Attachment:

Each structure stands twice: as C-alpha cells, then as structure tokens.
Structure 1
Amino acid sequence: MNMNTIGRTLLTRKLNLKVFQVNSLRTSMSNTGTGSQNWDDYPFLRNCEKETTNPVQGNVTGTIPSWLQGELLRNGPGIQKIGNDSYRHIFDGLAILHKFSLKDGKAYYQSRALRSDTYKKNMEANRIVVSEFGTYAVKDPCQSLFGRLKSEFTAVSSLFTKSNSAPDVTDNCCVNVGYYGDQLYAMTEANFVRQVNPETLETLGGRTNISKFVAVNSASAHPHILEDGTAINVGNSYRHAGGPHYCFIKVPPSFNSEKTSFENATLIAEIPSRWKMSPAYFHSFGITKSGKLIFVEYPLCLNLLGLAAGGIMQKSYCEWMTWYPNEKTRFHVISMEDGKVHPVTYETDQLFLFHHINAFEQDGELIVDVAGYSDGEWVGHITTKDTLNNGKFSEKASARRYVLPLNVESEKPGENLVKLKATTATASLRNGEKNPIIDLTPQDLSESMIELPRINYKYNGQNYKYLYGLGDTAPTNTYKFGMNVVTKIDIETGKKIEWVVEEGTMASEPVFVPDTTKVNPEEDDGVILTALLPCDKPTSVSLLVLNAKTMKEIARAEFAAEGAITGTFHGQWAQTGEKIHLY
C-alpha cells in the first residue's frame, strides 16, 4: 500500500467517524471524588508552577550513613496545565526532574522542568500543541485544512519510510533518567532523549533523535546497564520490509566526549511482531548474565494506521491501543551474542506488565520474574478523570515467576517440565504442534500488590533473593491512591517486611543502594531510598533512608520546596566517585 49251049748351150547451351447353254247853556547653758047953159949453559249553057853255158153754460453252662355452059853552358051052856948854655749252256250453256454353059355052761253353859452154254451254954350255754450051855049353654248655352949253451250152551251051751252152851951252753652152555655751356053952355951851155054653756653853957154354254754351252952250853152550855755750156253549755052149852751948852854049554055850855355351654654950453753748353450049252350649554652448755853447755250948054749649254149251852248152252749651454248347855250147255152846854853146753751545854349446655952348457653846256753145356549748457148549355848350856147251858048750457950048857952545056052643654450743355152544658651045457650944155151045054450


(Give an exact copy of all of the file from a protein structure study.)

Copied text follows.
Each structure stands twice: as C-alpha cells, then as structure tokens.
Structure 1
Amino acid sequence: MNMNTIGRTLLTRKLNLKVFQVNSLRTSMSNTGTGSQNWDDYPFLRNCEKETTNPVQGNVTGTIPSWLQGELLRNGPGIQKIGNDSYRHIFDGLAILHKFSLKDGKAYYQSRALRSDTYKKNMEANRIVVSEFGTYAVKDPCQSLFGRLKSEFTAVSSLFTKSNSAPDVTDNCCVNVGYYGDQLYAMTEANFVRQVNPETLETLGGRTNISKFVAVNSASAHPHILEDGTAINVGNSYRHAGGPHYCFIKVPPSFNSEKTSFENATLIAEIPSRWKMSPAYFHSFGITKSGKLIFVEYPLCLNLLGLAAGGIMQKSYCEWMTWYPNEKTRFHVISMEDGKVHPVTYETDQLFLFHHINAFEQDGELIVDVAGYSDGEWVGHITTKDTLNNGKFSEKASARRYVLPLNVESEKPGENLVKLKATTATASLRNGEKNPIIDLTPQDLSESMIELPRINYKYNGQNYKYLYGLGDTAPTNTYKFGMNVVTKIDIETGKKIEWVVEEGTMASEPVFVPDTTKVNPEEDDGVILTALLPCDKPTSVSLLVLNAKTMKEIARAEFAAEGAITGTFHGQWAQTGEKIHLY
C-alpha cells in the first residue's frame, strides 16, 4: 500500500467517524471524588508552577550513613496545565526532574522542568500543541485544512519510510533518567532523549533523535546497564520490509566526549511482531548474565494506521491501543551474542506488565520474574478523570515467576517440565504442534500488590533473593491512591517486611543502594531510598533512608520546596566517585 49251049748351150547451351447353254247853556547653758047953159949453559249553057853255158153754460453252662355452059853552358051052856948854655749252256250453256454353059355052761253353859452154254451254954350255754450051855049353654248655352949253451250152551251051751252152851951252753652152555655751356053952355951851155054653756653853957154354254754351252952250853152550855755750156253549755052149852751948852854049554055850855355351654654950453753748353450049252350649554652448755853447755250948054749649254149251852248152252749651454248347855250147255152846854853146753751545854349446655952348457653846256753145356549748457148549355848350856147251858048750457950048857952545056052643654450743355152544658651045457650944155151045054450